Drugs Vs Alcohol: Is One Addiction Worse Than The Other?
This is a very interesting and controversial question, and I wanted to take a stab at getting my view out about the subject. Two of the worse afflictions that plague most societies in the world, are alcoholism and drug addiction. Though as many have pointed out, each can be better or worse than the other, depending on the situation.
So in order to discover the best possible answer to this question, first we must dissect it. Break it down and understand it. Then we can go from there to deduce a calculate answer that might help clear some things up.
What makes an addiction bad?
The first thing to examine, is the word "worse". I suggest this, because the question is subjective precisely because of the word "worse". It can hold many meanings to different thinkers. So let's take a look at what can take a drug or drinking problem from a passion to an obsession and into the world of problem addictions. What makes them bad?
1. Societal Norms
Drinking and enjoying recreational substances is nothing new to humanity. Though what is relatively new, are laws against these acts. With this whole majority/minority deal going, many people are subject to laws and societal rules put in place to decide if something is wrong or right. If you happen to be in a society that feels drinking isn't so bad, but doing drugs is way out of line - then having a drug addiction would be seen as much worse then an alcohol problem. It could also work the other way, if you were in a society that view alcoholism as a worse problem then drugs.
2. Health Consequences
Over time, our bodies will age, wear and fade away. It happens. And as of yet, there is no magic fountain of youth to stop that from happening. Though even with the absolute fact of this, we are also stifled with the knowledge that the human body is designed to live approximately 180 years or more. Yet your average human rarely sees anything over the age of 80 years. Even the longest living of our species have yet to make it over 120, and several of them had a regular six pack of beer and pack of smokes every day, among other things.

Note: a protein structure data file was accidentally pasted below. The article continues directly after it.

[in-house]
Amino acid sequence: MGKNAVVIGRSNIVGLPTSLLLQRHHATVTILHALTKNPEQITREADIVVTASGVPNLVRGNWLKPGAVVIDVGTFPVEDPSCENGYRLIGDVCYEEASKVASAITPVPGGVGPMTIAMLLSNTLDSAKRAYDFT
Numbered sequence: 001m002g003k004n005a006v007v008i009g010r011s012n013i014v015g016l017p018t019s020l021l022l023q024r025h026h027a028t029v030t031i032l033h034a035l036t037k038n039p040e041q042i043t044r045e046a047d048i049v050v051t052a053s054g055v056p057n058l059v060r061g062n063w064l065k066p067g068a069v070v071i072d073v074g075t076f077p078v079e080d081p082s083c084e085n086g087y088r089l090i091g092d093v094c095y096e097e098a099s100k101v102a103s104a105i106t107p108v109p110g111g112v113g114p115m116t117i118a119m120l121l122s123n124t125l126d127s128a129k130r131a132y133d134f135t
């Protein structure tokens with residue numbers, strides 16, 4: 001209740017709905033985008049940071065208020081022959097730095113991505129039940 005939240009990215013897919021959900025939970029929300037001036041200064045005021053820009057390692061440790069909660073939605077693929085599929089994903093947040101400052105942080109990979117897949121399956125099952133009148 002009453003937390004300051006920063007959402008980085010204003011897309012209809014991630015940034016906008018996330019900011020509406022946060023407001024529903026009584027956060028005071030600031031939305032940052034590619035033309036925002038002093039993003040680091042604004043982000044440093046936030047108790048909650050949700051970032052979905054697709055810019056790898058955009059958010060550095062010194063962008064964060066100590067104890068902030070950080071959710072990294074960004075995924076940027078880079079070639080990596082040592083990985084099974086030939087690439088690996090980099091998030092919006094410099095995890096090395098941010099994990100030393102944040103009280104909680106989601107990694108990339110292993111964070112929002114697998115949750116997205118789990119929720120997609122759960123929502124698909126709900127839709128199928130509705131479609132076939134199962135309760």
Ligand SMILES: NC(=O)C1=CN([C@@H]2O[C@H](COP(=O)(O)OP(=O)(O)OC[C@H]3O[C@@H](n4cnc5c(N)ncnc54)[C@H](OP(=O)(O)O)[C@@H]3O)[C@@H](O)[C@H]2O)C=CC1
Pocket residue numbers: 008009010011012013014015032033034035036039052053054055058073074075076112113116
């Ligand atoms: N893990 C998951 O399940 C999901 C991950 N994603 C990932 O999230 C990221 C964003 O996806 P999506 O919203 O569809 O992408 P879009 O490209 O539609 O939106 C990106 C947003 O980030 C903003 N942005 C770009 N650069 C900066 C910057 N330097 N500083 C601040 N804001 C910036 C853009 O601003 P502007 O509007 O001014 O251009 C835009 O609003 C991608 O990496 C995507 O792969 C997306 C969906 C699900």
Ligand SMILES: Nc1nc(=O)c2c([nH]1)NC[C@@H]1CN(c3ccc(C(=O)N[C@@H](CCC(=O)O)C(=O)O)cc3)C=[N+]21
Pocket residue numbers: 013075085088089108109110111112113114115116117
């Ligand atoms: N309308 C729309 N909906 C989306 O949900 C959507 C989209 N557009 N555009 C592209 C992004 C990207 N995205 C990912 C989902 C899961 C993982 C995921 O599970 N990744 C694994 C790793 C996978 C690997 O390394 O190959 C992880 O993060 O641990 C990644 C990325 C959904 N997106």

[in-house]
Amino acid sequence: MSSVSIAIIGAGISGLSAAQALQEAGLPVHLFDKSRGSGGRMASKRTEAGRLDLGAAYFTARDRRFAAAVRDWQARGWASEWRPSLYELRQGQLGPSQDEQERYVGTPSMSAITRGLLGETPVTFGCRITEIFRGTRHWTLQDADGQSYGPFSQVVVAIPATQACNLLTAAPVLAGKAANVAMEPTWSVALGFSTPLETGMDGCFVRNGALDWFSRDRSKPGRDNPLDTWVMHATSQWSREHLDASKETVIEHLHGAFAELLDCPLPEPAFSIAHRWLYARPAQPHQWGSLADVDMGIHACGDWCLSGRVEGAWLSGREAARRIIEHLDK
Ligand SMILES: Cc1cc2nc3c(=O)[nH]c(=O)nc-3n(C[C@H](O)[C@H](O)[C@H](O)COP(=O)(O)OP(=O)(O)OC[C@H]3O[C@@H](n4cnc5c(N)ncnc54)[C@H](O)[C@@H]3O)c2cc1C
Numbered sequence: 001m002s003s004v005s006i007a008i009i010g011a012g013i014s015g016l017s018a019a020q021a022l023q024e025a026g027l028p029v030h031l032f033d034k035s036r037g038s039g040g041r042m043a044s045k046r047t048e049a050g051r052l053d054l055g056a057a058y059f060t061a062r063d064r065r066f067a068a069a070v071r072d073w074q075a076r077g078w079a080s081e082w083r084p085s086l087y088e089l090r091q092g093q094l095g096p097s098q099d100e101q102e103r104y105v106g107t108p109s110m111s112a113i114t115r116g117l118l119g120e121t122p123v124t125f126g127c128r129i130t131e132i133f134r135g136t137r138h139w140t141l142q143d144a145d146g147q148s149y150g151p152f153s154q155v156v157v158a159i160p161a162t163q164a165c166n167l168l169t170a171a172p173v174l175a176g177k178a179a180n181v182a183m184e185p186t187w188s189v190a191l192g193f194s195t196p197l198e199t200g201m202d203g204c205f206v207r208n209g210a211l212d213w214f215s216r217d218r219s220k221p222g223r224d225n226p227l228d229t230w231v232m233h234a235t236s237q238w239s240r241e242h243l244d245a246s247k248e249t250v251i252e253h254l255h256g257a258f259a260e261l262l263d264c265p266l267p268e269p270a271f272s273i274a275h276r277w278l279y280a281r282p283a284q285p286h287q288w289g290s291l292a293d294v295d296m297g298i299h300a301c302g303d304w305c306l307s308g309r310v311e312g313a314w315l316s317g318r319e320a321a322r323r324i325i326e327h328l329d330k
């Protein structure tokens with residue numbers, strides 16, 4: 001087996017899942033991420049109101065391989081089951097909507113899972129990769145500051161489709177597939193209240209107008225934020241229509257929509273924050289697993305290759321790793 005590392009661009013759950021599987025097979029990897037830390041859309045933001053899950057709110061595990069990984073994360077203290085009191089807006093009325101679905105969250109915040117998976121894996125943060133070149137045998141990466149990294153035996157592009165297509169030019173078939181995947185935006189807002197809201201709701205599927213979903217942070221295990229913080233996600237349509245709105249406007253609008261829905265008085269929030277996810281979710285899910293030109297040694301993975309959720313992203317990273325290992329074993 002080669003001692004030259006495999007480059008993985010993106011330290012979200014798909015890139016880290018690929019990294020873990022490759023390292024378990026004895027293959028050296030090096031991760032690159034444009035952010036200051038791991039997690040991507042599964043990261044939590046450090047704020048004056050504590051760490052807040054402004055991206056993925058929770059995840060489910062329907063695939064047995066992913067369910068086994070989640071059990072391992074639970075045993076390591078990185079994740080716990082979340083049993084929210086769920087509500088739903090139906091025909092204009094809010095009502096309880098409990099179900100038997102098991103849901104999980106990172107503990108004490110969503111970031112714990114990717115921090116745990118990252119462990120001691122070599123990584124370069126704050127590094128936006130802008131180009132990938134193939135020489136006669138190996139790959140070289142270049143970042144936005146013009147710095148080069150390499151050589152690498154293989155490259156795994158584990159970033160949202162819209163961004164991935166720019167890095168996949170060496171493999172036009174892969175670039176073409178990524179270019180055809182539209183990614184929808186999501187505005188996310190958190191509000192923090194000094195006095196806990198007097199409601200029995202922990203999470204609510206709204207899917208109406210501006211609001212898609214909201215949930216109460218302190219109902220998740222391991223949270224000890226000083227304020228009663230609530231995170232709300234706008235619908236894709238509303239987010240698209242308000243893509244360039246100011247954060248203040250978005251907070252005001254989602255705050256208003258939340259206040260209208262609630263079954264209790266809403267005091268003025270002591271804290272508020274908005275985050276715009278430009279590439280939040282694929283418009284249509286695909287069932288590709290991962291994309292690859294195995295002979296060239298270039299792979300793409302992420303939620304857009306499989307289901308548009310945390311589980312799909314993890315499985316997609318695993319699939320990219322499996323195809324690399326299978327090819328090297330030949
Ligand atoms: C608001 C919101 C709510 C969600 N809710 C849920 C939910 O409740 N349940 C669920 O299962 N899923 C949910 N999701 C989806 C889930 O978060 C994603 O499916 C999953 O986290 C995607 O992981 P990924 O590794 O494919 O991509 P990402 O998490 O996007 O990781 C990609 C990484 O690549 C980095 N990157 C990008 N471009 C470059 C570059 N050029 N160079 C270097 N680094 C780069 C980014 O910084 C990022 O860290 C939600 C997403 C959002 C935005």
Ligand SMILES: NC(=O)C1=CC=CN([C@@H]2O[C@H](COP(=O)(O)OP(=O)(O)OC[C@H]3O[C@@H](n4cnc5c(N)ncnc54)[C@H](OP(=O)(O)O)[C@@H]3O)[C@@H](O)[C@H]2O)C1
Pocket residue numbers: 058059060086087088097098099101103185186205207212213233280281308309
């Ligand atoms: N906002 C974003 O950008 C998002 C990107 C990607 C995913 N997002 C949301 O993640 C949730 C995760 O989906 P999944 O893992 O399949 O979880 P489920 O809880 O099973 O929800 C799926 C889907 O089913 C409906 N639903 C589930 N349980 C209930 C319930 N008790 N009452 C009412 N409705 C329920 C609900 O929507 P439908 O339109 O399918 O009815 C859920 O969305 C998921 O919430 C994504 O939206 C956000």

So we cannot necessarily say that drugs or drinking are the main causes of premature deaths in our genus, though we do have plenty of definitive evidence that unnatural, man-made or broken down substances - including alcohol - can accelerate the age and condition of our bodies. When this starts to happen, most people stop with what they have been doing and allow their bodies to heal. Though for a person with an addiction, they are not endowed with such willpower and will often continue with their habit until it breaks their body down along with their mind. In this instance, you could judge that the worse addiction, is the one that takes more of a toll on the human body in the shortest amount of time.
Everyone has a person view about the things that effect them. It's that little voice in your head that tells you when you are doing something wrong or right. That voice might agree with societal norms or religious views, or it might disagree. Either way, that little voice in your head, plays a part in this question. If your moral mind says that it's not good to pollute the body in anyway, than alcoholism and drug addictions are equally as bad. Though if your the average person, there are some drugs and some kinds of drinks that are seen as better or worse on the scale of addictions. There are definitely plenty of grey areas, but it will ultimately come down to what you think. What's worse? Drug addiction or Alcoholism?
4. Effects on Others
This is a key factor that I hope everyone takes into account. Alcoholism and drug addiction take more than just a toll on the abuser. The question is, how many people are affected by the individual abuser. Someone with no family, who lives on a secluded forest home, probably wouldn't effect too many other people around them. Though someone with a family, kids or who is in a relationship, will impact a lot of others lives around them. Sometimes addictions will affect a persons career as well, and as we know all to well, some addictions can effect total strangers. Such as when a drunk barrels down the road and runs someone over, or when a drug addict robs a store to get money for their next fix. Depending on how many people are co-affected by the addiction, can make one worse than the other.